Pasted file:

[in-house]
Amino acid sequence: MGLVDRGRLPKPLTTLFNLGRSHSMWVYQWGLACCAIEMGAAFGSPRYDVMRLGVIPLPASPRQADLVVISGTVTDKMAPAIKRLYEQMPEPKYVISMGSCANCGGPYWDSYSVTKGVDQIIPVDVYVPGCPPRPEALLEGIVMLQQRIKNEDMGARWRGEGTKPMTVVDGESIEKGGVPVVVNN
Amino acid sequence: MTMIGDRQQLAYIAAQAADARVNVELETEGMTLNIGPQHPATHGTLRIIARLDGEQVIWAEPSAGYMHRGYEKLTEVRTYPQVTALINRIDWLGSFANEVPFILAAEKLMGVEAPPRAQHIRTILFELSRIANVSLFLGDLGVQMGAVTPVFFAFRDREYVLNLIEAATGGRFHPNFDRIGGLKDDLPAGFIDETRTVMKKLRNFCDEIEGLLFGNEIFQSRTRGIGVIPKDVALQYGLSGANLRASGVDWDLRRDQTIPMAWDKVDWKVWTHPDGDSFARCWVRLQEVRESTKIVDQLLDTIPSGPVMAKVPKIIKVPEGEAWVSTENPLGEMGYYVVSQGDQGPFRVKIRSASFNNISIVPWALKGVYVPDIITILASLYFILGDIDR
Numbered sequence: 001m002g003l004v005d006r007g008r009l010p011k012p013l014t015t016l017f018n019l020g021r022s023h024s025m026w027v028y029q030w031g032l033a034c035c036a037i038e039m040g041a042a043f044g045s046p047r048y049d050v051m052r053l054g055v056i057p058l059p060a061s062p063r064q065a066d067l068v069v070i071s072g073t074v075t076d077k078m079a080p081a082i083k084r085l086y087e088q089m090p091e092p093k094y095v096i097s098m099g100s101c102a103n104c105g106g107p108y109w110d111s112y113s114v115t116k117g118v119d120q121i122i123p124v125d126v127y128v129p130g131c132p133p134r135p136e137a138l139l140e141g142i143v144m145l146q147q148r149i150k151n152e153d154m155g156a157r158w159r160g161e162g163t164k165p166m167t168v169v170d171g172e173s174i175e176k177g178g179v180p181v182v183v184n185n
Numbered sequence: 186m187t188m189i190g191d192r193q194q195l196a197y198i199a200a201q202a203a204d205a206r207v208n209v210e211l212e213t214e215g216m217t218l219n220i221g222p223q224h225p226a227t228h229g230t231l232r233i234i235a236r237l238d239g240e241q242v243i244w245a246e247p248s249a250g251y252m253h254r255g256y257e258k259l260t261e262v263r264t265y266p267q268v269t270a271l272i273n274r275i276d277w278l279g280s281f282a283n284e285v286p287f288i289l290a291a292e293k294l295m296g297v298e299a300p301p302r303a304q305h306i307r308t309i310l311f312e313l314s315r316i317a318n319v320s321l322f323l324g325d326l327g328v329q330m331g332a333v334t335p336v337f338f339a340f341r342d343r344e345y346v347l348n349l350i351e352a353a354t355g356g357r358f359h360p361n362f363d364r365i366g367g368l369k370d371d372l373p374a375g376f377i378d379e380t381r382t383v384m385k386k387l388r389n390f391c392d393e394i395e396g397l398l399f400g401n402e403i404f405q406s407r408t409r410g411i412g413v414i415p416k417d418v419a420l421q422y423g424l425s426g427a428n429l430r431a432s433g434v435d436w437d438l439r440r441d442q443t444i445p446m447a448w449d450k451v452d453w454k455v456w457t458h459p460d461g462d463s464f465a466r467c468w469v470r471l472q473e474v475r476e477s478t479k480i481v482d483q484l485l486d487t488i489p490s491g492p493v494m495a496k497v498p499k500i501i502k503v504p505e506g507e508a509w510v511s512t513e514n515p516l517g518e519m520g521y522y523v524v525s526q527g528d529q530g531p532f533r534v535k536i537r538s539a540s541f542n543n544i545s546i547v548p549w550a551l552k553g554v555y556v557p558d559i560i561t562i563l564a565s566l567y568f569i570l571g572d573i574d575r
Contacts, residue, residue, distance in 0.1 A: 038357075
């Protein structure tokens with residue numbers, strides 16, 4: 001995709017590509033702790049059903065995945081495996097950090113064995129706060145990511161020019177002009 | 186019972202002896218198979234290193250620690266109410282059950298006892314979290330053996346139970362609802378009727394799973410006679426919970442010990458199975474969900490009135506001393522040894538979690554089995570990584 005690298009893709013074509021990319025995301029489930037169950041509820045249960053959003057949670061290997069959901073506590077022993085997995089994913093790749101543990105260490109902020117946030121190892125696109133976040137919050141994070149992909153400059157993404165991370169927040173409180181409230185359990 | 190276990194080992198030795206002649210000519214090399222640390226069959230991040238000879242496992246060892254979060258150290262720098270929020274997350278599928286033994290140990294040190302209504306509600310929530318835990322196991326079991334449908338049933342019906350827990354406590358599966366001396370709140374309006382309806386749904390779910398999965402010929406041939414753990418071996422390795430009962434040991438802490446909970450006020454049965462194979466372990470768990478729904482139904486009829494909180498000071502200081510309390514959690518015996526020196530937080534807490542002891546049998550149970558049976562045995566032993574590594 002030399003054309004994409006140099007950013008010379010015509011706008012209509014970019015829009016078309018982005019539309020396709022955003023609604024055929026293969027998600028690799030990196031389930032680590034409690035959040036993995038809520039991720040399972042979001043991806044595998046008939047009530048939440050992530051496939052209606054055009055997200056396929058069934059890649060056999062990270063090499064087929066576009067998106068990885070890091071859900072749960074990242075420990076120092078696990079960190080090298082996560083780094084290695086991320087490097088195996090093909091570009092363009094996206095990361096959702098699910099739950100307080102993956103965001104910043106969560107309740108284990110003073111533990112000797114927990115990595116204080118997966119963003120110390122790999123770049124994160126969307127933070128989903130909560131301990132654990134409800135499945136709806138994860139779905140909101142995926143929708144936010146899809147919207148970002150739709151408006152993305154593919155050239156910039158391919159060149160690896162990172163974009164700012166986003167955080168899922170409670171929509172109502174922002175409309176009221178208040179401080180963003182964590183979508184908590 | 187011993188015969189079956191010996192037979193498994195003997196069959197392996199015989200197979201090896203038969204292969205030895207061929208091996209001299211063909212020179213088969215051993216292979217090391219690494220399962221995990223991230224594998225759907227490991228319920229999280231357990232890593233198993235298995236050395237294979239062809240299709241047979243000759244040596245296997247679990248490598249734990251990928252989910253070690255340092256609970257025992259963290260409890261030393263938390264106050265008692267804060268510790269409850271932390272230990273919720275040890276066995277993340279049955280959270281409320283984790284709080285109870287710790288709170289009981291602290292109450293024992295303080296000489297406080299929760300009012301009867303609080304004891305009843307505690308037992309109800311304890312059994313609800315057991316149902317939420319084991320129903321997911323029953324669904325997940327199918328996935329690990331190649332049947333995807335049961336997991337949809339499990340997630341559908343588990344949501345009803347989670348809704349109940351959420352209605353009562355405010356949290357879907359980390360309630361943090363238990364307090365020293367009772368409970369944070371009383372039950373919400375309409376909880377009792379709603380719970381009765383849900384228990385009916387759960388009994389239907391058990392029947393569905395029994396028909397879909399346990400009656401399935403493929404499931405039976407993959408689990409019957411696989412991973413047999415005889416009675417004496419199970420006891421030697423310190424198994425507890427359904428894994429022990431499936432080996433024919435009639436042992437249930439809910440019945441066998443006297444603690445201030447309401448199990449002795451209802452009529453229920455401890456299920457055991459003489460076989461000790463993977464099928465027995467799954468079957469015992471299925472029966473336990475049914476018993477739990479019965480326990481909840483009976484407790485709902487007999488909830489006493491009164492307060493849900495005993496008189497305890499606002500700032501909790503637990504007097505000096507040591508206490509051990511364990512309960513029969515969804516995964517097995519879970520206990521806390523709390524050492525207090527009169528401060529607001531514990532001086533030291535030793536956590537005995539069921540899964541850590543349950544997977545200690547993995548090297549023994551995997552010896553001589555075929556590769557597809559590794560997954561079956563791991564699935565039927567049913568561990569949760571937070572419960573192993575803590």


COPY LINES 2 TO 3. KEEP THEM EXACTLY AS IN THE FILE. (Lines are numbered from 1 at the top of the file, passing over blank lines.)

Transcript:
Amino acid sequence: MGLVDRGRLPKPLTTLFNLGRSHSMWVYQWGLACCAIEMGAAFGSPRYDVMRLGVIPLPASPRQADLVVISGTVTDKMAPAIKRLYEQMPEPKYVISMGSCANCGGPYWDSYSVTKGVDQIIPVDVYVPGCPPRPEALLEGIVMLQQRIKNEDMGARWRGEGTKPMTVVDGESIEKGGVPVVVNN
Amino acid sequence: MTMIGDRQQLAYIAAQAADARVNVELETEGMTLNIGPQHPATHGTLRIIARLDGEQVIWAEPSAGYMHRGYEKLTEVRTYPQVTALINRIDWLGSFANEVPFILAAEKLMGVEAPPRAQHIRTILFELSRIANVSLFLGDLGVQMGAVTPVFFAFRDREYVLNLIEAATGGRFHPNFDRIGGLKDDLPAGFIDETRTVMKKLRNFCDEIEGLLFGNEIFQSRTRGIGVIPKDVALQYGLSGANLRASGVDWDLRRDQTIPMAWDKVDWKVWTHPDGDSFARCWVRLQEVRESTKIVDQLLDTIPSGPVMAKVPKIIKVPEGEAWVSTENPLGEMGYYVVSQGDQGPFRVKIRSASFNNISIVPWALKGVYVPDIITILASLYFILGDIDR